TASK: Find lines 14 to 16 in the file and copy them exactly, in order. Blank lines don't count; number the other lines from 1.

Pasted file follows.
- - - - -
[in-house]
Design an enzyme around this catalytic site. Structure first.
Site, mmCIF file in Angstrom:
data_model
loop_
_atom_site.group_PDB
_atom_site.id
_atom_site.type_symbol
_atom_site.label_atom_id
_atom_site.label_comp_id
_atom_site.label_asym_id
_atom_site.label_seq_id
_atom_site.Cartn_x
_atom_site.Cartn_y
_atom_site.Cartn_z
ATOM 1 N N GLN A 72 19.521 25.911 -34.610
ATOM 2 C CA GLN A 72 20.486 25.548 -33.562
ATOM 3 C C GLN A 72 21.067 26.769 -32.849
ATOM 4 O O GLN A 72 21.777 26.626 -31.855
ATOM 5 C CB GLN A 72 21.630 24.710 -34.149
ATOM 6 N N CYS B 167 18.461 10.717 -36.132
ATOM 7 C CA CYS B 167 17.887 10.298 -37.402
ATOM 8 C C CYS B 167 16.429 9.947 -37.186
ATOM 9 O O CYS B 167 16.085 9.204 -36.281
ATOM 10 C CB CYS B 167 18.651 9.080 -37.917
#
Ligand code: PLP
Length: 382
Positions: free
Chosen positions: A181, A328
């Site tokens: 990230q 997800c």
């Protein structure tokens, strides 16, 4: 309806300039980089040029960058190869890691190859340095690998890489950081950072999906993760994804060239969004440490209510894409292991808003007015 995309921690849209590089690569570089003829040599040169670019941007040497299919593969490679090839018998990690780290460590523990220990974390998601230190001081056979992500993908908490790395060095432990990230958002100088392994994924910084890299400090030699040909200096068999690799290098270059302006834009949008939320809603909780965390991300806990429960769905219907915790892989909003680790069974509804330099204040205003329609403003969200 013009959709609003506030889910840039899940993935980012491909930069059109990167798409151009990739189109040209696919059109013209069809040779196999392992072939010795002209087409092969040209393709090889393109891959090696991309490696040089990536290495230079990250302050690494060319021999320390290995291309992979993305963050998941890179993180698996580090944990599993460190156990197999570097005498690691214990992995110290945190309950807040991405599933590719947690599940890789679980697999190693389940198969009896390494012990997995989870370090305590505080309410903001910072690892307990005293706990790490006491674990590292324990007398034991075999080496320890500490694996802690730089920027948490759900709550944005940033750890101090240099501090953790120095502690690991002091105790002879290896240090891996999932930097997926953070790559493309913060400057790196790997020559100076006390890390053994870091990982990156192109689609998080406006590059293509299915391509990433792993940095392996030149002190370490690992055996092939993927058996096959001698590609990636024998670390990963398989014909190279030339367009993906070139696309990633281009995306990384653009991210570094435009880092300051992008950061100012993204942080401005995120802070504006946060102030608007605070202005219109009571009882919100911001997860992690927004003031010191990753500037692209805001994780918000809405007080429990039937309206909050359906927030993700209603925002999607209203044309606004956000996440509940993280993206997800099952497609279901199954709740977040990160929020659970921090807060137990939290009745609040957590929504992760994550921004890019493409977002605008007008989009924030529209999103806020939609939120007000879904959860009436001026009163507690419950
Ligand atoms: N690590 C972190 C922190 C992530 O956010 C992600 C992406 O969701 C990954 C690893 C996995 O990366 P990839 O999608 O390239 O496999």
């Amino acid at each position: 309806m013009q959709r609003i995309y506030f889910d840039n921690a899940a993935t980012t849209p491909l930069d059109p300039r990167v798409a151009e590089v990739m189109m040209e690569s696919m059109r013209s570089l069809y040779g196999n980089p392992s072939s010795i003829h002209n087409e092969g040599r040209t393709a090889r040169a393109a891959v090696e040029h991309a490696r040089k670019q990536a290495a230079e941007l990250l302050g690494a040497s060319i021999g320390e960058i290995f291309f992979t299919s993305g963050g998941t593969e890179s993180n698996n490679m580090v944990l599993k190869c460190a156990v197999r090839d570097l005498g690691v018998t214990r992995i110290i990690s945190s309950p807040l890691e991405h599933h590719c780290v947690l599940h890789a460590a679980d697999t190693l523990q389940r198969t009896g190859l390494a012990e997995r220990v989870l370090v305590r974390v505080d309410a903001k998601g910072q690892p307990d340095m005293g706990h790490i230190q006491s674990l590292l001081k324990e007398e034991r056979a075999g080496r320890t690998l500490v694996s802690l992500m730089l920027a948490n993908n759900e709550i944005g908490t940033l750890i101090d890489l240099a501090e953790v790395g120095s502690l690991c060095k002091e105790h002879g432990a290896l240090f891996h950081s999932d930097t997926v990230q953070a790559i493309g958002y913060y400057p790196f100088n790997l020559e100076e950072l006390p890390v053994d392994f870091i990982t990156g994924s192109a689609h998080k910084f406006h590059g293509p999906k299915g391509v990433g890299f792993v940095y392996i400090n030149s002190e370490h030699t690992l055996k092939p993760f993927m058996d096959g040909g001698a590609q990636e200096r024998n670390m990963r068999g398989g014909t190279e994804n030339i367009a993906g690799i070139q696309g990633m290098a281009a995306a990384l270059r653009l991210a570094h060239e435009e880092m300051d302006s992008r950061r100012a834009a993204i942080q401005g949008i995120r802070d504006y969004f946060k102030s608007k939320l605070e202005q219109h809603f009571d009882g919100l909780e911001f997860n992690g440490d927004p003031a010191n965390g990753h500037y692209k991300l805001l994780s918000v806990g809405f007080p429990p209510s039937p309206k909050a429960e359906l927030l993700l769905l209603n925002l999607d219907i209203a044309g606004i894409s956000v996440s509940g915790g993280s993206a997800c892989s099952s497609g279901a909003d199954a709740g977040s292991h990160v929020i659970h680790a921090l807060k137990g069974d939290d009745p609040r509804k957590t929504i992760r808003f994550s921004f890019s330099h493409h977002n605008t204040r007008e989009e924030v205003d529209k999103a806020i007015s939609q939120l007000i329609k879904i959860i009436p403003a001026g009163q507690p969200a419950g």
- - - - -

_atom_site.Cartn_y
_atom_site.Cartn_z
ATOM 1 N N GLN A 72 19.521 25.911 -34.610